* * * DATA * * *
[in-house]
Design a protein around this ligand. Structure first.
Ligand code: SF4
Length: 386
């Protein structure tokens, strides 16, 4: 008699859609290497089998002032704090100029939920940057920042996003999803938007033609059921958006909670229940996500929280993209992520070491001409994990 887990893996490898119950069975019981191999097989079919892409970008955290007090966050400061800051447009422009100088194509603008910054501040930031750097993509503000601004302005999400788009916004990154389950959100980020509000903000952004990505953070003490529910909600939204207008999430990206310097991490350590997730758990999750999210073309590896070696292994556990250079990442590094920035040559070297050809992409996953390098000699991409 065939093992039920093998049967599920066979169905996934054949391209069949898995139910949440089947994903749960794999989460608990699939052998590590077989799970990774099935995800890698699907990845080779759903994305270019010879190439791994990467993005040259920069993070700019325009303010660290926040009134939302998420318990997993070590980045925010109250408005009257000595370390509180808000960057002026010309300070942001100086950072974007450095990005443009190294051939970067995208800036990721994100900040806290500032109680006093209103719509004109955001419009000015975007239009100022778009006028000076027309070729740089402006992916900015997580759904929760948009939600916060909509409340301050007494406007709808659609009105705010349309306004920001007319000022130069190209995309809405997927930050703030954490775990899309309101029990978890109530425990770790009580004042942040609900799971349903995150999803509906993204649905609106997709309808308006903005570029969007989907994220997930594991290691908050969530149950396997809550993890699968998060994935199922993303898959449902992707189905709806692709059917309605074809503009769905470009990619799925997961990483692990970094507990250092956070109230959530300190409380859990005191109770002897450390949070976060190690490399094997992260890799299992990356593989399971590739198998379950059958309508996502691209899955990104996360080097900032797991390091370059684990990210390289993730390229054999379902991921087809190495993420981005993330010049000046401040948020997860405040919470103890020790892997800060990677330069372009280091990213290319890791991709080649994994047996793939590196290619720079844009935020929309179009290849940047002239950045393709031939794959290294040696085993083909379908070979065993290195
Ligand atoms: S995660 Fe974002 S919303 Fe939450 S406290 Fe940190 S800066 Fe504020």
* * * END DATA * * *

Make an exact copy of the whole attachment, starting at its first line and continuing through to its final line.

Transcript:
[in-house]
Design a protein around this ligand. Structure first.
Ligand code: SF4
Length: 386
């Protein structure tokens, strides 16, 4: 008699859609290497089998002032704090100029939920940057920042996003999803938007033609059921958006909670229940996500929280993209992520070491001409994990 887990893996490898119950069975019981191999097989079919892409970008955290007090966050400061800051447009422009100088194509603008910054501040930031750097993509503000601004302005999400788009916004990154389950959100980020509000903000952004990505953070003490529910909600939204207008999430990206310097991490350590997730758990999750999210073309590896070696292994556990250079990442590094920035040559070297050809992409996953390098000699991409 065939093992039920093998049967599920066979169905996934054949391209069949898995139910949440089947994903749960794999989460608990699939052998590590077989799970990774099935995800890698699907990845080779759903994305270019010879190439791994990467993005040259920069993070700019325009303010660290926040009134939302998420318990997993070590980045925010109250408005009257000595370390509180808000960057002026010309300070942001100086950072974007450095990005443009190294051939970067995208800036990721994100900040806290500032109680006093209103719509004109955001419009000015975007239009100022778009006028000076027309070729740089402006992916900015997580759904929760948009939600916060909509409340301050007494406007709808659609009105705010349309306004920001007319000022130069190209995309809405997927930050703030954490775990899309309101029990978890109530425990770790009580004042942040609900799971349903995150999803509906993204649905609106997709309808308006903005570029969007989907994220997930594991290691908050969530149950396997809550993890699968998060994935199922993303898959449902992707189905709806692709059917309605074809503009769905470009990619799925997961990483692990970094507990250092956070109230959530300190409380859990005191109770002897450390949070976060190690490399094997992260890799299992990356593989399971590739198998379950059958309508996502691209899955990104996360080097900032797991390091370059684990990210390289993730390229054999379902991921087809190495993420981005993330010049000046401040948020997860405040919470103890020790892997800060990677330069372009280091990213290319890791991709080649994994047996793939590196290619720079844009935020929309179009290849940047002239950045393709031939794959290294040696085993083909379908070979065993290195
Ligand atoms: S995660 Fe974002 S919303 Fe939450 S406290 Fe940190 S800066 Fe504020």